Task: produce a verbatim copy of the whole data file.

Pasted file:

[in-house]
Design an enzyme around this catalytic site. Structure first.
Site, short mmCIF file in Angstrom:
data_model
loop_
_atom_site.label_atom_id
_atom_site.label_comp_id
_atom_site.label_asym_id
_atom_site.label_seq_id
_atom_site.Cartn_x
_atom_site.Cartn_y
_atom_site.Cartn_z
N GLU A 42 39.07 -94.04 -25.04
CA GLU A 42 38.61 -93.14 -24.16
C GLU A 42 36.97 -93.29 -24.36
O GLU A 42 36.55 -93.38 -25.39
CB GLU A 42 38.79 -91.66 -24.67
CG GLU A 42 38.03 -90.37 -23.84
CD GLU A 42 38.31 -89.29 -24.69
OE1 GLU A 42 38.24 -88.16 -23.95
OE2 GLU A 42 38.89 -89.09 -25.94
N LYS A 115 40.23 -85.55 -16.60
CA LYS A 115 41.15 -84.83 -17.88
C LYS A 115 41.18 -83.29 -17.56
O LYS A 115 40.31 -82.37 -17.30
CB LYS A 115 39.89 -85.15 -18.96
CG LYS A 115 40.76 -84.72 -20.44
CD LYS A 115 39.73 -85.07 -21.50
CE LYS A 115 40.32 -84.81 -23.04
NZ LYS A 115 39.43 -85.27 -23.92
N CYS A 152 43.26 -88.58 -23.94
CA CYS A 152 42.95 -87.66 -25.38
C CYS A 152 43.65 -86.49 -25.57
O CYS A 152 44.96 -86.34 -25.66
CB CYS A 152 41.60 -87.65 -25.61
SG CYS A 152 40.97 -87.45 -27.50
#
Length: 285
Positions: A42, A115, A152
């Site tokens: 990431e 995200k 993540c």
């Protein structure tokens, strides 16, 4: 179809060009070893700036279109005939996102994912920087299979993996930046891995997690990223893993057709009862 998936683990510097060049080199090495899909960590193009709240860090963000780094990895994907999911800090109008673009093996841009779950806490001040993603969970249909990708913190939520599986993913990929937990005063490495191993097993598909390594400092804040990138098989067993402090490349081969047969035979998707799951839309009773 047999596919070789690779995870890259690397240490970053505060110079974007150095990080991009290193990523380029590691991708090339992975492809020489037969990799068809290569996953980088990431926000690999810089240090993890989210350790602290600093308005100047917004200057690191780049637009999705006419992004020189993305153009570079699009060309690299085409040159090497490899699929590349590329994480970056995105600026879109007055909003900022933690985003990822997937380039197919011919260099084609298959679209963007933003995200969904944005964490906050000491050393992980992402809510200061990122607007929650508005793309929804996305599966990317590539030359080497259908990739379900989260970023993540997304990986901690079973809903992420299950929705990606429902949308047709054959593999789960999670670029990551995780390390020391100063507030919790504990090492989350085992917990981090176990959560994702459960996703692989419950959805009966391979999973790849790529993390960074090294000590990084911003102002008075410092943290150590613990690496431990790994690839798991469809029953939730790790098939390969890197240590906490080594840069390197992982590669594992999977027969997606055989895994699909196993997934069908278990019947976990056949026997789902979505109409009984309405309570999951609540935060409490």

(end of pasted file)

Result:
[in-house]
Design an enzyme around this catalytic site. Structure first.
Site, short mmCIF file in Angstrom:
data_model
loop_
_atom_site.label_atom_id
_atom_site.label_comp_id
_atom_site.label_asym_id
_atom_site.label_seq_id
_atom_site.Cartn_x
_atom_site.Cartn_y
_atom_site.Cartn_z
N GLU A 42 39.07 -94.04 -25.04
CA GLU A 42 38.61 -93.14 -24.16
C GLU A 42 36.97 -93.29 -24.36
O GLU A 42 36.55 -93.38 -25.39
CB GLU A 42 38.79 -91.66 -24.67
CG GLU A 42 38.03 -90.37 -23.84
CD GLU A 42 38.31 -89.29 -24.69
OE1 GLU A 42 38.24 -88.16 -23.95
OE2 GLU A 42 38.89 -89.09 -25.94
N LYS A 115 40.23 -85.55 -16.60
CA LYS A 115 41.15 -84.83 -17.88
C LYS A 115 41.18 -83.29 -17.56
O LYS A 115 40.31 -82.37 -17.30
CB LYS A 115 39.89 -85.15 -18.96
CG LYS A 115 40.76 -84.72 -20.44
CD LYS A 115 39.73 -85.07 -21.50
CE LYS A 115 40.32 -84.81 -23.04
NZ LYS A 115 39.43 -85.27 -23.92
N CYS A 152 43.26 -88.58 -23.94
CA CYS A 152 42.95 -87.66 -25.38
C CYS A 152 43.65 -86.49 -25.57
O CYS A 152 44.96 -86.34 -25.66
CB CYS A 152 41.60 -87.65 -25.61
SG CYS A 152 40.97 -87.45 -27.50
#
Length: 285
Positions: A42, A115, A152
């Site tokens: 990431e 995200k 993540c």
């Protein structure tokens, strides 16, 4: 179809060009070893700036279109005939996102994912920087299979993996930046891995997690990223893993057709009862 998936683990510097060049080199090495899909960590193009709240860090963000780094990895994907999911800090109008673009093996841009779950806490001040993603969970249909990708913190939520599986993913990929937990005063490495191993097993598909390594400092804040990138098989067993402090490349081969047969035979998707799951839309009773 047999596919070789690779995870890259690397240490970053505060110079974007150095990080991009290193990523380029590691991708090339992975492809020489037969990799068809290569996953980088990431926000690999810089240090993890989210350790602290600093308005100047917004200057690191780049637009999705006419992004020189993305153009570079699009060309690299085409040159090497490899699929590349590329994480970056995105600026879109007055909003900022933690985003990822997937380039197919011919260099084609298959679209963007933003995200969904944005964490906050000491050393992980992402809510200061990122607007929650508005793309929804996305599966990317590539030359080497259908990739379900989260970023993540997304990986901690079973809903992420299950929705990606429902949308047709054959593999789960999670670029990551995780390390020391100063507030919790504990090492989350085992917990981090176990959560994702459960996703692989419950959805009966391979999973790849790529993390960074090294000590990084911003102002008075410092943290150590613990690496431990790994690839798991469809029953939730790790098939390969890197240590906490080594840069390197992982590669594992999977027969997606055989895994699909196993997934069908278990019947976990056949026997789902979505109409009984309405309570999951609540935060409490």